6. The CronoLink July 4, 2011 at 7:14 pm #

    @Nautilus
    Alpha and Omega ;)

  7. Hana July 4, 2011 at 7:22 pm #

    I feel like there’s a theme in these movie descriptions, but I just can’t pinpoint it. Hmm…

  8. terry@breathinggrace July 5, 2011 at 4:53 am #

    Sage black churchgoing woman here, LOL.

    I liked the post. I rather tire of the token black characters used for the purpose of “positive portrayal of blacks” in movies.

    What good is it doing the community anyway?

    As for Fireproof, I thought the female lead was a bad wife, too. Neither of them came off as perfect to me. Of course, the idea (and I agree with it) is that the husband is supposed to lead by godly example. So I gave the film a pass.

  9. Strong Man July 5, 2011 at 7:32 am #

    Your post emphasized some racial frustration, which I feel is unhelpful and misplaced.

    I’m with terry above–it gets tiring to see typical reality twisted just for the sake of political correctness. But at the same time, the race issue is minor and one I normally ignore.

    What about the frustration with never showing a woman who is an inadequate wife married to a hard-working man who does what he can to provide and gets no respect at home? He’s trying to lead but she undercuts and ignores his leadership. She has to learn from her friends how to appreciate her husband and be a good wife?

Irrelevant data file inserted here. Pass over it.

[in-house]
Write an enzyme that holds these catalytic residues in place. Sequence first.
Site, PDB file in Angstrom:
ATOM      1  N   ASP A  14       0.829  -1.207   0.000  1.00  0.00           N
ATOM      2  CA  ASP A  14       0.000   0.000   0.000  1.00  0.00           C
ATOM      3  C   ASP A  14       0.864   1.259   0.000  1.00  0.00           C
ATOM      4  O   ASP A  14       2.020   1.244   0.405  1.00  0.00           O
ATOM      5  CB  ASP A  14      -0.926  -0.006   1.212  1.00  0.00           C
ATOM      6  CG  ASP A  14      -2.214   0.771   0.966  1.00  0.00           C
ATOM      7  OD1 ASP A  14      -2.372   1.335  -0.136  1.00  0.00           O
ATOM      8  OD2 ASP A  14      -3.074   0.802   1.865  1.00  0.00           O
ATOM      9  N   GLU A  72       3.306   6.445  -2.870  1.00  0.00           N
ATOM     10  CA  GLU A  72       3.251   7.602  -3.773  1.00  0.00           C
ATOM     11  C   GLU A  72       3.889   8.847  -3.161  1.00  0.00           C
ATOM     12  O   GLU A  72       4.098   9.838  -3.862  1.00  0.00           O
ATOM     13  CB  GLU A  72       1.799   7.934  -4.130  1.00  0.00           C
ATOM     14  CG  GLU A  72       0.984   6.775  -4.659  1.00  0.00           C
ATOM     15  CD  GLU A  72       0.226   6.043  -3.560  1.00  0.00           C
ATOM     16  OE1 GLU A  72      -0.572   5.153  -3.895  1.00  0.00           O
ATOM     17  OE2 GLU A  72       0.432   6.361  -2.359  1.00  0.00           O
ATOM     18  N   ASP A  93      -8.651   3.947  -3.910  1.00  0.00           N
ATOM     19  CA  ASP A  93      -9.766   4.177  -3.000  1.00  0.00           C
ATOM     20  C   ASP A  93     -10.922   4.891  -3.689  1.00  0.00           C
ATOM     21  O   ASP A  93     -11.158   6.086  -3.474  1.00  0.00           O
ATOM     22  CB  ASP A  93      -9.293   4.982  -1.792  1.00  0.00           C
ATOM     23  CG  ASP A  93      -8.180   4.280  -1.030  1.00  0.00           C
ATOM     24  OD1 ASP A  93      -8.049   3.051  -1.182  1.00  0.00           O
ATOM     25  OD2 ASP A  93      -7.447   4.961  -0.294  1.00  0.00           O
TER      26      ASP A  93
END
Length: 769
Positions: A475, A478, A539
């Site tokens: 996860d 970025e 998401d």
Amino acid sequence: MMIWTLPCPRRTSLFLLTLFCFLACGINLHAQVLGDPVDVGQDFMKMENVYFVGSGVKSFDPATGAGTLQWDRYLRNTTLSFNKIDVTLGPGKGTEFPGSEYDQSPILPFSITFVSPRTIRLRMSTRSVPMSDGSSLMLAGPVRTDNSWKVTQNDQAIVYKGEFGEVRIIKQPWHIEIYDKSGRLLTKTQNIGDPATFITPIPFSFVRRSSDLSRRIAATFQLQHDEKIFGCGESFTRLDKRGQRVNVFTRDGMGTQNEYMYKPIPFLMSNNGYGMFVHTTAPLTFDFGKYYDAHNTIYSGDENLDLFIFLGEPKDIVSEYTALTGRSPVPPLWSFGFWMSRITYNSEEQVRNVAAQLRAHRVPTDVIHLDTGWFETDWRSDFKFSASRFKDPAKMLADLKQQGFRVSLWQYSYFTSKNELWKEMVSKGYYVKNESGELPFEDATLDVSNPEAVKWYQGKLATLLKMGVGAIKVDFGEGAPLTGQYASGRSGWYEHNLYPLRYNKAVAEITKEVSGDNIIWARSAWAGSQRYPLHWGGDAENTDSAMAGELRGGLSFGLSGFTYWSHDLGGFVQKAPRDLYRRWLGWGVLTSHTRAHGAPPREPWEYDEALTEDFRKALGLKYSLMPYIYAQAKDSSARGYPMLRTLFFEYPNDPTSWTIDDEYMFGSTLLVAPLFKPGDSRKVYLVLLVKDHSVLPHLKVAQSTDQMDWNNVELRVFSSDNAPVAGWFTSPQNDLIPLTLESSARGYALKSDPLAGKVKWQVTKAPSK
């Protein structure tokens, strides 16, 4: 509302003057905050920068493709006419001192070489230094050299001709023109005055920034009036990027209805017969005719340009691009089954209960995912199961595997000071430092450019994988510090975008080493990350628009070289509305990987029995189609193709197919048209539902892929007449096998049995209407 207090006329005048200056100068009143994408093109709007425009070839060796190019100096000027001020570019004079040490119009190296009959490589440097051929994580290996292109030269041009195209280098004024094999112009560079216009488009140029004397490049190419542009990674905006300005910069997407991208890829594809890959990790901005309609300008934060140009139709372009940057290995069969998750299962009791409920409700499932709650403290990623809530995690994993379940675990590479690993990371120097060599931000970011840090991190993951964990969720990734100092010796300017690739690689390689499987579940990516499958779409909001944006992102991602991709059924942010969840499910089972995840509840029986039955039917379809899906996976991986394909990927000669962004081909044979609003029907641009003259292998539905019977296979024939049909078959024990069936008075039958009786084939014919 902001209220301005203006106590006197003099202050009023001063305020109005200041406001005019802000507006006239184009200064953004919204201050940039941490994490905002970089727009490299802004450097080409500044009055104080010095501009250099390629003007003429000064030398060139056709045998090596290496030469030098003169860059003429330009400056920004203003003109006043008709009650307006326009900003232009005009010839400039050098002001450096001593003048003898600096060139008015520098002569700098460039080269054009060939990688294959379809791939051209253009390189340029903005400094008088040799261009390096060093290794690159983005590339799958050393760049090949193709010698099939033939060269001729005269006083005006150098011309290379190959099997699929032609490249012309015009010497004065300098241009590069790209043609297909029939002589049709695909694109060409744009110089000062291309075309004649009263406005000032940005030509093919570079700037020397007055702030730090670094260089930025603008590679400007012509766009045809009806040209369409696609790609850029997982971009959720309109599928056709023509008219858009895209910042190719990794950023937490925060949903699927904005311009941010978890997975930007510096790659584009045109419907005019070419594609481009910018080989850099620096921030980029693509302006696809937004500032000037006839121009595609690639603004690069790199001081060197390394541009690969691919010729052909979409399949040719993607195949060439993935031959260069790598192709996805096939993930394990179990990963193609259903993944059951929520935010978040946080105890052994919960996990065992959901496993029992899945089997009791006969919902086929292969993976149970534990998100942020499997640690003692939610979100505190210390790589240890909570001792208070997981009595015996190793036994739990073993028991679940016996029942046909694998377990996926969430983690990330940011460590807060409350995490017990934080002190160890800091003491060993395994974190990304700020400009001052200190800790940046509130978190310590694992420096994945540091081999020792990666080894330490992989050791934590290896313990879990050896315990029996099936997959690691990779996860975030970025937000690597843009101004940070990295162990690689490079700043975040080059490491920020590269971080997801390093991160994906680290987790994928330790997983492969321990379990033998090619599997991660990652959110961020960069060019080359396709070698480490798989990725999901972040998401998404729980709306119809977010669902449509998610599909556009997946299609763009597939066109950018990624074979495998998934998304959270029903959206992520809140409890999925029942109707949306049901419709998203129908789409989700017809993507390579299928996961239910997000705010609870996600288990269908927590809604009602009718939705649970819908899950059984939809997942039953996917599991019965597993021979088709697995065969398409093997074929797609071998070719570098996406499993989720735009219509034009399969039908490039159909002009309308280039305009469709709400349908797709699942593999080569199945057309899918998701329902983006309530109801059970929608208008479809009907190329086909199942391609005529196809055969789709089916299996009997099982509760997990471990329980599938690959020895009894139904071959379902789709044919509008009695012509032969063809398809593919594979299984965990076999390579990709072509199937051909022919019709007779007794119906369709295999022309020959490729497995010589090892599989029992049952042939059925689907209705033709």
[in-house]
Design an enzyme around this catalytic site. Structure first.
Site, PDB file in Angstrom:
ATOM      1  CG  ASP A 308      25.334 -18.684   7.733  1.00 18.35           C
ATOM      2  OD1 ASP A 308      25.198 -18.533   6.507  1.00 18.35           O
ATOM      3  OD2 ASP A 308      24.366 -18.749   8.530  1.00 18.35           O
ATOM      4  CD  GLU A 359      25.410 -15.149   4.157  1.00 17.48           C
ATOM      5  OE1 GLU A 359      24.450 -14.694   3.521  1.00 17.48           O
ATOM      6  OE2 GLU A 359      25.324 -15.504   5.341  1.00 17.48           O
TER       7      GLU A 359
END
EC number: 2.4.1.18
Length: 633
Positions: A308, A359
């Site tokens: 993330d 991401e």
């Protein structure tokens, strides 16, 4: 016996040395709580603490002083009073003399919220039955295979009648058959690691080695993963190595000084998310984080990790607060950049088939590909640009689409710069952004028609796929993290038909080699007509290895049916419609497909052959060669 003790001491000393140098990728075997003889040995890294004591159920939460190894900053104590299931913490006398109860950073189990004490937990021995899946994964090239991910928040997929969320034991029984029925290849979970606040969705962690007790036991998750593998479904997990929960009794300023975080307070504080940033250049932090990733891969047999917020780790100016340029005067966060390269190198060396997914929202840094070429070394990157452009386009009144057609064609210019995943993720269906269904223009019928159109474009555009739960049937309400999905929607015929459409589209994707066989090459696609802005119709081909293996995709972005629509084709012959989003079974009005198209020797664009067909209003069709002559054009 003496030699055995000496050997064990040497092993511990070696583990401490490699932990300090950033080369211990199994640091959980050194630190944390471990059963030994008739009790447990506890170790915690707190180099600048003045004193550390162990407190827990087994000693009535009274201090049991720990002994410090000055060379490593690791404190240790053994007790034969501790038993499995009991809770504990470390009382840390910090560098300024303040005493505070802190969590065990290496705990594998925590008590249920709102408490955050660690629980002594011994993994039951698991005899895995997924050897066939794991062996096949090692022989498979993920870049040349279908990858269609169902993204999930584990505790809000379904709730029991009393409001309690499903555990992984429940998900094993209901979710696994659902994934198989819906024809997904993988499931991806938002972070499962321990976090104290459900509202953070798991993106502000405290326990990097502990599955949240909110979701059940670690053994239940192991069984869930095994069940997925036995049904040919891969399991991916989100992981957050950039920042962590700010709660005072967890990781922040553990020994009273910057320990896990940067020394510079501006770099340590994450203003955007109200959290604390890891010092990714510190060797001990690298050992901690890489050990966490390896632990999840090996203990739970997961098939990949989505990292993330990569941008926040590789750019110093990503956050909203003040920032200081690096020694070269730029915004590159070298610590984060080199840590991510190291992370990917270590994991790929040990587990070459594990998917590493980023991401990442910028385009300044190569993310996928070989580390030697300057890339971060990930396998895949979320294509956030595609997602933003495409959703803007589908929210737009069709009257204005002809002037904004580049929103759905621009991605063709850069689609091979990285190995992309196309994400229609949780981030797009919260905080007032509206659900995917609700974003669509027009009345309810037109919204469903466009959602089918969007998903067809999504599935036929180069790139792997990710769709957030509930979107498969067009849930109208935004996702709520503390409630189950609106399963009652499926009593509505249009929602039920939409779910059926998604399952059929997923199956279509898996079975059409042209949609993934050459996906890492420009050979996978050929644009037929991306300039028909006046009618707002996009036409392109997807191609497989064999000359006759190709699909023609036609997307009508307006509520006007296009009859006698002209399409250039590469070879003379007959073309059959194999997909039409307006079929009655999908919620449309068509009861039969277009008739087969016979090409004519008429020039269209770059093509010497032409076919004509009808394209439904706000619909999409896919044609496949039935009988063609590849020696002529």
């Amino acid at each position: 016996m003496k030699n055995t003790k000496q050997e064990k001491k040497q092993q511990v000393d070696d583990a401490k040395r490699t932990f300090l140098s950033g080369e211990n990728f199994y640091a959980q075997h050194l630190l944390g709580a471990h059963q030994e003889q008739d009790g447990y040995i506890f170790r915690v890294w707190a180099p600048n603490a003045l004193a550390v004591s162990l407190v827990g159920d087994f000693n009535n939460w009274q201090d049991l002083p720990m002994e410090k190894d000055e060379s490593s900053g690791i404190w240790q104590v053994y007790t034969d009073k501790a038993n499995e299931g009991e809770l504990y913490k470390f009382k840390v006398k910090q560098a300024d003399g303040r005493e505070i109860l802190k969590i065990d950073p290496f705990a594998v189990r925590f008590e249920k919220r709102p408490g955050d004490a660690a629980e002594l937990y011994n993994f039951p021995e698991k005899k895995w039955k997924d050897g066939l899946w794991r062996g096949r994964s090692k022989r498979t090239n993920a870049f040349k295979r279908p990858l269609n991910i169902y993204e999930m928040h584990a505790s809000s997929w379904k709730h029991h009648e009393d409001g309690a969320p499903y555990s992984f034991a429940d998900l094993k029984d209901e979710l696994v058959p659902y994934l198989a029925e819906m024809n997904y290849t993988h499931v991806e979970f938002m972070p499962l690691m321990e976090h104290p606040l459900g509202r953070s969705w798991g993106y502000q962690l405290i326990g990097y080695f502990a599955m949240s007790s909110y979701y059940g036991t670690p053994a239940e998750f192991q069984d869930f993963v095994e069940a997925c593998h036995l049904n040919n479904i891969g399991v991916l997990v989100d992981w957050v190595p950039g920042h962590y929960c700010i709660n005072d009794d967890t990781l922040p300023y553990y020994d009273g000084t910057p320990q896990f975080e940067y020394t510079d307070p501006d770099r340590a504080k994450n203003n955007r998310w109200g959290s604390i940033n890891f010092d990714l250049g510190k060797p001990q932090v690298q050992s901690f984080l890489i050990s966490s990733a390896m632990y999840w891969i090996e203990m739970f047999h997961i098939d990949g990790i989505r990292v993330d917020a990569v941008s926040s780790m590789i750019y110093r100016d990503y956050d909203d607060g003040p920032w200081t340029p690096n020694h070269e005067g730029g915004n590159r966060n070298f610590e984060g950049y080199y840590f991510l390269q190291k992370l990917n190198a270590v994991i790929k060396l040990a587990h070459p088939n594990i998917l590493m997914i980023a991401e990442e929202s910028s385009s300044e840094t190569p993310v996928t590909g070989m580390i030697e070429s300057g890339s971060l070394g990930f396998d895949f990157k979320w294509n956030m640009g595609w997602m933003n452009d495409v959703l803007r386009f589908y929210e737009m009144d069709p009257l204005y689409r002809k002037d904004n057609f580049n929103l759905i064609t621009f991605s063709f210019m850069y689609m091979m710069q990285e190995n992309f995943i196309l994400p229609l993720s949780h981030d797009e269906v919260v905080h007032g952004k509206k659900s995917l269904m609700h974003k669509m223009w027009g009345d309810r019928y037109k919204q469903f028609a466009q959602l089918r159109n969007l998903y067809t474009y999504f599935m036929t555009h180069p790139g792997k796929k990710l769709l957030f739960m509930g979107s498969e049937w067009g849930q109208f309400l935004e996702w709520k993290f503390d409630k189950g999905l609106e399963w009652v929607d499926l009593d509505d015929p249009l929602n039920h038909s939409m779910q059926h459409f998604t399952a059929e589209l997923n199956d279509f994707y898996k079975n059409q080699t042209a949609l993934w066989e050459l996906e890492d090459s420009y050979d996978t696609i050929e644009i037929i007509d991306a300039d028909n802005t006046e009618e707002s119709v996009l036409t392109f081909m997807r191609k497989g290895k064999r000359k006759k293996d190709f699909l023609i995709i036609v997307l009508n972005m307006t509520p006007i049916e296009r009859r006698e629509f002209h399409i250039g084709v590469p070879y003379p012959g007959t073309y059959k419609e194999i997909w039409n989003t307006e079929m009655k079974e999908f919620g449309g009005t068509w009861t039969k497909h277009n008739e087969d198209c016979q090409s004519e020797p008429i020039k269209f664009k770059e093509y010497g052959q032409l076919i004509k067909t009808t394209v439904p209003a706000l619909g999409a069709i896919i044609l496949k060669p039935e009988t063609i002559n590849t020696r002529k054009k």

10. y81 July 5, 2011 at 8:03 am #

    White evangelicals love to bring up the black church and black religiosity. Even my own pastor has done it once or twice. First and foremost, it’s a jiu-jitsu move against secular liberals of the SWPL type, since an article of SWPL faith is that black people are morally superior. The high levels of churchgoing and religiosity in the black community are an unexamined contradiction in the SWPL worldview.

    Also, many Southern white evangelicals feel guilty because their ancestors and their institutions supported segregation, so acknowledging the spiritual superiority of black people assuages that guilt.

    As terry notes, none of this (neither the evangelical nor the SWPL beliefs) does much to improve the material or spiritual situation of actual black people.

  11. terry@breathinggrace July 5, 2011 at 9:19 am #

    What about the frustration with never showing a woman who is an inadequate wife married to a hard-working man who does what he can to provide and gets no respect at home? He’s trying to lead but she undercuts and ignores his leadership.

    Interestingly enough, Strong Man, the black versions of religious movies emphasize this dynamic quite often. We tend to skip those movies because they also often play up the worst black stereotypes, but it’s rare to go to a family reunion or something similar when someone doesn’t pop a Tyler Perry or T.D. Jakes produced movie,LOL.

    Anyway, one thing I have noted in several of those films lately is the reality of women who have good men that they won’t respect and don’t appreciate. Some preacher or older woman has to “help the sister out” before she loses her man to someone else.